Nasolacrimal Duct Obstruction

How Tears Are Produced

Tears are usually produced to humidify the external surface of the eye and are eliminated through a series of ducts that cross the eyelid and the bones of the nose. In every eyelid, there is a lacrimal punctum that forms the access to a tear duct. The superior and inferior tear ducts join into a common duct that leads to the lacrimal sac. The lacrimal sac grows thinner in its inferior part and continues into the nasolacrimal duct that ends in the nose.

Nasolacrimal Duct Obstruction

The partial or total occlusion or stenosis of the tear ducts is a frequent and particularly irritating pathology that affects patients of every age, from new-born children to elderly people. It causes a symptom called epiphora, which provokes constant lachrymation. In some cases, it is associated with infections of the lachrymal apparatus. In most cases, an eye examination can reveal this problem. A simple lavage of the tear ducts is sufficient enough to ascertain the total occlusion. The lavage is carried out in the clinic and is not painful. It is intended for diagnosis and not as a treatment. According to where the occlusion is located, the solution (which is a surgical operation) can be more or less invasive.

How Is Nasolacrimal Duct Obstruction Treated

The surgery, more or less invasive depending on the location of the obstruction, is the most suitable treatment for stenosis.

  • Punctum Surgery
    Punctum surgery is an operation carried out under local anesthetic in the operating room that involves the dilating of the obstructed lacrimal punctum. This operation has a very high success rate and can foresee the introduction of silicone braces that are kept for a few months without negatively affecting patients in their ordinary everyday activities.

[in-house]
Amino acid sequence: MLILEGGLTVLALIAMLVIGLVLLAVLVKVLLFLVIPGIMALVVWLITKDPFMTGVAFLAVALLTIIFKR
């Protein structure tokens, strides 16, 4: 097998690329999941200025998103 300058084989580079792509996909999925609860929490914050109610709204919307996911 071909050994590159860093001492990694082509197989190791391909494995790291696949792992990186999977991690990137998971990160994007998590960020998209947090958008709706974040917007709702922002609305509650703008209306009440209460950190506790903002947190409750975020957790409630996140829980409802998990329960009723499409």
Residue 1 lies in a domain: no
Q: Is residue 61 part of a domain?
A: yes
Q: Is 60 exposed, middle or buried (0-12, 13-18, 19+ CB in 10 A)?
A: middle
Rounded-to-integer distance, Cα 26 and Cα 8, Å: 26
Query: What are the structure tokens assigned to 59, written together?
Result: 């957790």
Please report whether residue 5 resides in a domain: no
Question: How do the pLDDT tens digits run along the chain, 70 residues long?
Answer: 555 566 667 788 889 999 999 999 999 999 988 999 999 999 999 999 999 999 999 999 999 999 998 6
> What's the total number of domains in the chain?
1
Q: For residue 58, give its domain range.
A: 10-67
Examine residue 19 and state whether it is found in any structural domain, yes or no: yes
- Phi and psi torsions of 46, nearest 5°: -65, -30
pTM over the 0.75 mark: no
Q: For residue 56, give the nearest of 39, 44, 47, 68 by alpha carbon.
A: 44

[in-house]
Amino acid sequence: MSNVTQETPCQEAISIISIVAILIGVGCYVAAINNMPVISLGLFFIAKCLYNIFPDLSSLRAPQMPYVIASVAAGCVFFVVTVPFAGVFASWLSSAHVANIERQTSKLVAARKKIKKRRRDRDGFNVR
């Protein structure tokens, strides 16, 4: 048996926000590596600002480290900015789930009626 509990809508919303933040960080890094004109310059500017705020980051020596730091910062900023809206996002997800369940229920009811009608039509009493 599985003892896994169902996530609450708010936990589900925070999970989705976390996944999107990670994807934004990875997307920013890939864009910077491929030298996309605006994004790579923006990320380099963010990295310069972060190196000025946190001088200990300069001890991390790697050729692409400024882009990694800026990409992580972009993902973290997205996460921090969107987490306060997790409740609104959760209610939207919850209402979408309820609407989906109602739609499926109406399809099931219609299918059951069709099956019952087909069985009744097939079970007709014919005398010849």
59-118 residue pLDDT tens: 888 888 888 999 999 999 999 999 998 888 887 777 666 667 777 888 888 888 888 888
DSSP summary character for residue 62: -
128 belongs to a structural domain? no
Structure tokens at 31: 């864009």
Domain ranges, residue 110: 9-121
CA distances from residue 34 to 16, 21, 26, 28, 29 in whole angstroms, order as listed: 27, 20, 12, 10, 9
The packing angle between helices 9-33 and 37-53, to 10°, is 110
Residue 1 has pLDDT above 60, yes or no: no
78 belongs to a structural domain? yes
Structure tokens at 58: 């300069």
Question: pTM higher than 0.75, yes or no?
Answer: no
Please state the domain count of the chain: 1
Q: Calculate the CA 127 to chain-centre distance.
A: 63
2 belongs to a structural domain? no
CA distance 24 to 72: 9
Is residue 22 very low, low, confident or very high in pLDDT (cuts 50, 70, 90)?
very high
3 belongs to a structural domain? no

• Endoscopic Surgery
    Endoscopic surgery is a new and advanced method to solve the problem of persistent lachrymation. This operation is carried out in the operating room with local anesthesia. The surgeon progressively dilates the tear duct by using a very thin fiber-optic probe that monitors the tear duct as well as occlusions and blockages, which are removed with specific instrumentation.
  • Dacryocystorhinostomy Laser
    This is a new endoscopic technique that utilizes a laser diode, which is much less invasive and significantly faster than the traditional one. It is carried out in the operating room with local anesthesia or light sedation. No incision is made but the laser fiber – which is inserted through the inferior lacrimal punctum – emits single pulses (5-6 watts) which in turn react when they come into contact with the involved tissues to free the duct. In order to increase the success rate, a silicone stent can be inserted to maintain the opening carried out by laser, without affecting the patient’s everyday activities. It is removed after 3-4 months.